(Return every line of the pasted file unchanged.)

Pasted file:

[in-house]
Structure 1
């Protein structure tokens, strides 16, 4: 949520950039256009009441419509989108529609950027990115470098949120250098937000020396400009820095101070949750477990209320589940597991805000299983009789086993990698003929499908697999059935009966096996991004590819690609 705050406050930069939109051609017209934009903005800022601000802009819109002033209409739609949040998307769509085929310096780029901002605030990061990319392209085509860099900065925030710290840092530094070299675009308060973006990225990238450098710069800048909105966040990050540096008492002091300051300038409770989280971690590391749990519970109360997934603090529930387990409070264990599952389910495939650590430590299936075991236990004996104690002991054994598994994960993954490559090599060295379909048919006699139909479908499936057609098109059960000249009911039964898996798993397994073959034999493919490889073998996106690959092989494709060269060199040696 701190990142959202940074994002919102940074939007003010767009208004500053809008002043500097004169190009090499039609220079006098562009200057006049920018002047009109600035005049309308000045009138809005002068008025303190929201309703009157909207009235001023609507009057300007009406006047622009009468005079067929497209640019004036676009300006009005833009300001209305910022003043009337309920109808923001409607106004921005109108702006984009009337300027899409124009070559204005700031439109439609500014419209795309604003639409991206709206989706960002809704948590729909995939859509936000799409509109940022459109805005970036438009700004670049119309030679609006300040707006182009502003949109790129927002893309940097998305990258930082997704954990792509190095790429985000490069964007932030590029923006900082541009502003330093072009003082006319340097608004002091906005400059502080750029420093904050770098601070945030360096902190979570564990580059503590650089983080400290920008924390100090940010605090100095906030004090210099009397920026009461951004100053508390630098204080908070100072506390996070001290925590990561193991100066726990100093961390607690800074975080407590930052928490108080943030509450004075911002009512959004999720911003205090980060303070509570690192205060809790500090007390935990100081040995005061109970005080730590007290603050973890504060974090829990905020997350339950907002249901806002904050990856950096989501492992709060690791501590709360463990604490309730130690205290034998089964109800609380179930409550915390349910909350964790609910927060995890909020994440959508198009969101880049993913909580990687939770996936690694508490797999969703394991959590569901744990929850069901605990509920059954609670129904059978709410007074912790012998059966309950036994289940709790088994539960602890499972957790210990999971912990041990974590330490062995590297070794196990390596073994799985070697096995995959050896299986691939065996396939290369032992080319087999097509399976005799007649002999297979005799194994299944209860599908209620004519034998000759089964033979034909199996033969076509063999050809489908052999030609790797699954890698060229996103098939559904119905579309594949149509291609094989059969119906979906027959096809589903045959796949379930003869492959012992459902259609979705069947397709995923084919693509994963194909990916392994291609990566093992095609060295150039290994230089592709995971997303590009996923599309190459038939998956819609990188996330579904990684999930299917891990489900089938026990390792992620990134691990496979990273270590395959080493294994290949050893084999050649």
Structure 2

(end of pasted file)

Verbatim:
[in-house]
Structure 1
């Protein structure tokens, strides 16, 4: 949520950039256009009441419509989108529609950027990115470098949120250098937000020396400009820095101070949750477990209320589940597991805000299983009789086993990698003929499908697999059935009966096996991004590819690609 705050406050930069939109051609017209934009903005800022601000802009819109002033209409739609949040998307769509085929310096780029901002605030990061990319392209085509860099900065925030710290840092530094070299675009308060973006990225990238450098710069800048909105966040990050540096008492002091300051300038409770989280971690590391749990519970109360997934603090529930387990409070264990599952389910495939650590430590299936075991236990004996104690002991054994598994994960993954490559090599060295379909048919006699139909479908499936057609098109059960000249009911039964898996798993397994073959034999493919490889073998996106690959092989494709060269060199040696 701190990142959202940074994002919102940074939007003010767009208004500053809008002043500097004169190009090499039609220079006098562009200057006049920018002047009109600035005049309308000045009138809005002068008025303190929201309703009157909207009235001023609507009057300007009406006047622009009468005079067929497209640019004036676009300006009005833009300001209305910022003043009337309920109808923001409607106004921005109108702006984009009337300027899409124009070559204005700031439109439609500014419209795309604003639409991206709206989706960002809704948590729909995939859509936000799409509109940022459109805005970036438009700004670049119309030679609006300040707006182009502003949109790129927002893309940097998305990258930082997704954990792509190095790429985000490069964007932030590029923006900082541009502003330093072009003082006319340097608004002091906005400059502080750029420093904050770098601070945030360096902190979570564990580059503590650089983080400290920008924390100090940010605090100095906030004090210099009397920026009461951004100053508390630098204080908070100072506390996070001290925590990561193991100066726990100093961390607690800074975080407590930052928490108080943030509450004075911002009512959004999720911003205090980060303070509570690192205060809790500090007390935990100081040995005061109970005080730590007290603050973890504060974090829990905020997350339950907002249901806002904050990856950096989501492992709060690791501590709360463990604490309730130690205290034998089964109800609380179930409550915390349910909350964790609910927060995890909020994440959508198009969101880049993913909580990687939770996936690694508490797999969703394991959590569901744990929850069901605990509920059954609670129904059978709410007074912790012998059966309950036994289940709790088994539960602890499972957790210990999971912990041990974590330490062995590297070794196990390596073994799985070697096995995959050896299986691939065996396939290369032992080319087999097509399976005799007649002999297979005799194994299944209860599908209620004519034998000759089964033979034909199996033969076509063999050809489908052999030609790797699954890698060229996103098939559904119905579309594949149509291609094989059969119906979906027959096809589903045959796949379930003869492959012992459902259609979705069947397709995923084919693509994963194909990916392994291609990566093992095609060295150039290994230089592709995971997303590009996923599309190459038939998956819609990188996330579904990684999930299917891990489900089938026990390792992620990134691990496979990273270590395959080493294994290949050893084999050649």
Structure 2